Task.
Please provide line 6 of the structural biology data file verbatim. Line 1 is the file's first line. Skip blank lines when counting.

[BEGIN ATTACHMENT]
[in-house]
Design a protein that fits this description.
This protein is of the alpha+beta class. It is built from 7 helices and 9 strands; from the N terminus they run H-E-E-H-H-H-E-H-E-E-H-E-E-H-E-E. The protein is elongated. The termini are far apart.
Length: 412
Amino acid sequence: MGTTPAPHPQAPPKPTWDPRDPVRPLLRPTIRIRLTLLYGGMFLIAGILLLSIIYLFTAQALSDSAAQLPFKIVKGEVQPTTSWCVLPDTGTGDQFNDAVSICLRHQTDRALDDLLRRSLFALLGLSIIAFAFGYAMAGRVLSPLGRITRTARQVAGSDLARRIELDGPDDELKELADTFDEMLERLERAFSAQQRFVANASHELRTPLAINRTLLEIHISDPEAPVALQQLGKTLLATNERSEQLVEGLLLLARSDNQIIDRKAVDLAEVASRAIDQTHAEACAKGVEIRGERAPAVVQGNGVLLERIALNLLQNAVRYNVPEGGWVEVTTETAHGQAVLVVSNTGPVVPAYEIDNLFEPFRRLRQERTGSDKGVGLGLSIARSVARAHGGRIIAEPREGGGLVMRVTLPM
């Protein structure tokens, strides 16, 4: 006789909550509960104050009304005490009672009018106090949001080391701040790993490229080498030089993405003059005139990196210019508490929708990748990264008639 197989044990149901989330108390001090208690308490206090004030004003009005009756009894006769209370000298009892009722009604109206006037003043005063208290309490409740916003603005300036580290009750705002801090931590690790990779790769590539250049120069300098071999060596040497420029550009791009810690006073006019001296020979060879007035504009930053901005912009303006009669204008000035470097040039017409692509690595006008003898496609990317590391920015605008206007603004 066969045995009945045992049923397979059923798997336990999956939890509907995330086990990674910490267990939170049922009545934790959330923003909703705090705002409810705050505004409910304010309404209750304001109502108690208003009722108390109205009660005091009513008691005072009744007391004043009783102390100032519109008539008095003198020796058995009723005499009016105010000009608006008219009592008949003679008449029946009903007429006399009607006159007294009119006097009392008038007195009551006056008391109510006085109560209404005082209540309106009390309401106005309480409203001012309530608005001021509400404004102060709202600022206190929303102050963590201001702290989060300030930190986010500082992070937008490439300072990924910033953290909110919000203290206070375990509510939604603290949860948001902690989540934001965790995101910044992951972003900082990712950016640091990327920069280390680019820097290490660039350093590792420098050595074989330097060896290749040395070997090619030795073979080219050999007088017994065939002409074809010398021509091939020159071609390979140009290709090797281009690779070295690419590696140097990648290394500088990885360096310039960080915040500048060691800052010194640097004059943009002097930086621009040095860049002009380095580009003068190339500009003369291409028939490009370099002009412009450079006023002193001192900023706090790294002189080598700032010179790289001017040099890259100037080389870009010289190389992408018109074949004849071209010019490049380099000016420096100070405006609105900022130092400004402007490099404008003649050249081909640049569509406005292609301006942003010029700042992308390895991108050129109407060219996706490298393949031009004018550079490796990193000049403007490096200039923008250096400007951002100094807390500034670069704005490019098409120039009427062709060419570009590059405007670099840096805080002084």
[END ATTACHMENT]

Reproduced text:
């Protein structure tokens, strides 16, 4: 006789909550509960104050009304005490009672009018106090949001080391701040790993490229080498030089993405003059005139990196210019508490929708990748990264008639 197989044990149901989330108390001090208690308490206090004030004003009005009756009894006769209370000298009892009722009604109206006037003043005063208290309490409740916003603005300036580290009750705002801090931590690790990779790769590539250049120069300098071999060596040497420029550009791009810690006073006019001296020979060879007035504009930053901005912009303006009669204008000035470097040039017409692509690595006008003898496609990317590391920015605008206007603004 066969045995009945045992049923397979059923798997336990999956939890509907995330086990990674910490267990939170049922009545934790959330923003909703705090705002409810705050505004409910304010309404209750304001109502108690208003009722108390109205009660005091009513008691005072009744007391004043009783102390100032519109008539008095003198020796058995009723005499009016105010000009608006008219009592008949003679008449029946009903007429006399009607006159007294009119006097009392008038007195009551006056008391109510006085109560209404005082209540309106009390309401106005309480409203001012309530608005001021509400404004102060709202600022206190929303102050963590201001702290989060300030930190986010500082992070937008490439300072990924910033953290909110919000203290206070375990509510939604603290949860948001902690989540934001965790995101910044992951972003900082990712950016640091990327920069280390680019820097290490660039350093590792420098050595074989330097060896290749040395070997090619030795073979080219050999007088017994065939002409074809010398021509091939020159071609390979140009290709090797281009690779070295690419590696140097990648290394500088990885360096310039960080915040500048060691800052010194640097004059943009002097930086621009040095860049002009380095580009003068190339500009003369291409028939490009370099002009412009450079006023002193001192900023706090790294002189080598700032010179790289001017040099890259100037080389870009010289190389992408018109074949004849071209010019490049380099000016420096100070405006609105900022130092400004402007490099404008003649050249081909640049569509406005292609301006942003010029700042992308390895991108050129109407060219996706490298393949031009004018550079490796990193000049403007490096200039923008250096400007951002100094807390500034670069704005490019098409120039009427062709060419570009590059405007670099840096805080002084």